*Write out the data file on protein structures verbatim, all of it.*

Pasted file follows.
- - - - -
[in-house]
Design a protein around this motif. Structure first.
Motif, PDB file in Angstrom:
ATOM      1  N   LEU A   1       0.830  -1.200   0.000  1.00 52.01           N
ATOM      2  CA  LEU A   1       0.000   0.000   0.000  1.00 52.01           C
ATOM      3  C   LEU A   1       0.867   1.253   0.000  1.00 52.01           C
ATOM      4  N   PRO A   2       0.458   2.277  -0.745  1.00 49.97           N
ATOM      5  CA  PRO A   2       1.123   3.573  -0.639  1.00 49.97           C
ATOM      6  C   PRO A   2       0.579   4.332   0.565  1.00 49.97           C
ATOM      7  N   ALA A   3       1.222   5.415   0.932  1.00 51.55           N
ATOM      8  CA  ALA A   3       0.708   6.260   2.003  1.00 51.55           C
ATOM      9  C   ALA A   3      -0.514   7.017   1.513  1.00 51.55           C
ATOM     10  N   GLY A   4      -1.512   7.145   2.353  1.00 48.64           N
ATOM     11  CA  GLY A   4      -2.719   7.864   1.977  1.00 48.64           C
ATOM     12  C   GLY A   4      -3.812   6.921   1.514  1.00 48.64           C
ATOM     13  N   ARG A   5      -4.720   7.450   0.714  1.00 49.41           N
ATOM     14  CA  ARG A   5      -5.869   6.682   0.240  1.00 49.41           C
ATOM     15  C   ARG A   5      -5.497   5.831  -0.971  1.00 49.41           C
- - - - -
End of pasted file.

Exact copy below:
[in-house]
Design a protein around this motif. Structure first.
Motif, PDB file in Angstrom:
ATOM      1  N   LEU A   1       0.830  -1.200   0.000  1.00 52.01           N
ATOM      2  CA  LEU A   1       0.000   0.000   0.000  1.00 52.01           C
ATOM      3  C   LEU A   1       0.867   1.253   0.000  1.00 52.01           C
ATOM      4  N   PRO A   2       0.458   2.277  -0.745  1.00 49.97           N
ATOM      5  CA  PRO A   2       1.123   3.573  -0.639  1.00 49.97           C
ATOM      6  C   PRO A   2       0.579   4.332   0.565  1.00 49.97           C
ATOM      7  N   ALA A   3       1.222   5.415   0.932  1.00 51.55           N
ATOM      8  CA  ALA A   3       0.708   6.260   2.003  1.00 51.55           C
ATOM      9  C   ALA A   3      -0.514   7.017   1.513  1.00 51.55           C
ATOM     10  N   GLY A   4      -1.512   7.145   2.353  1.00 48.64           N
ATOM     11  CA  GLY A   4      -2.719   7.864   1.977  1.00 48.64           C
ATOM     12  C   GLY A   4      -3.812   6.921   1.514  1.00 48.64           C
ATOM     13  N   ARG A   5      -4.720   7.450   0.714  1.00 49.41           N
ATOM     14  CA  ARG A   5      -5.869   6.682   0.240  1.00 49.41           C
ATOM     15  C   ARG A   5      -5.497   5.831  -0.971  1.00 49.41           C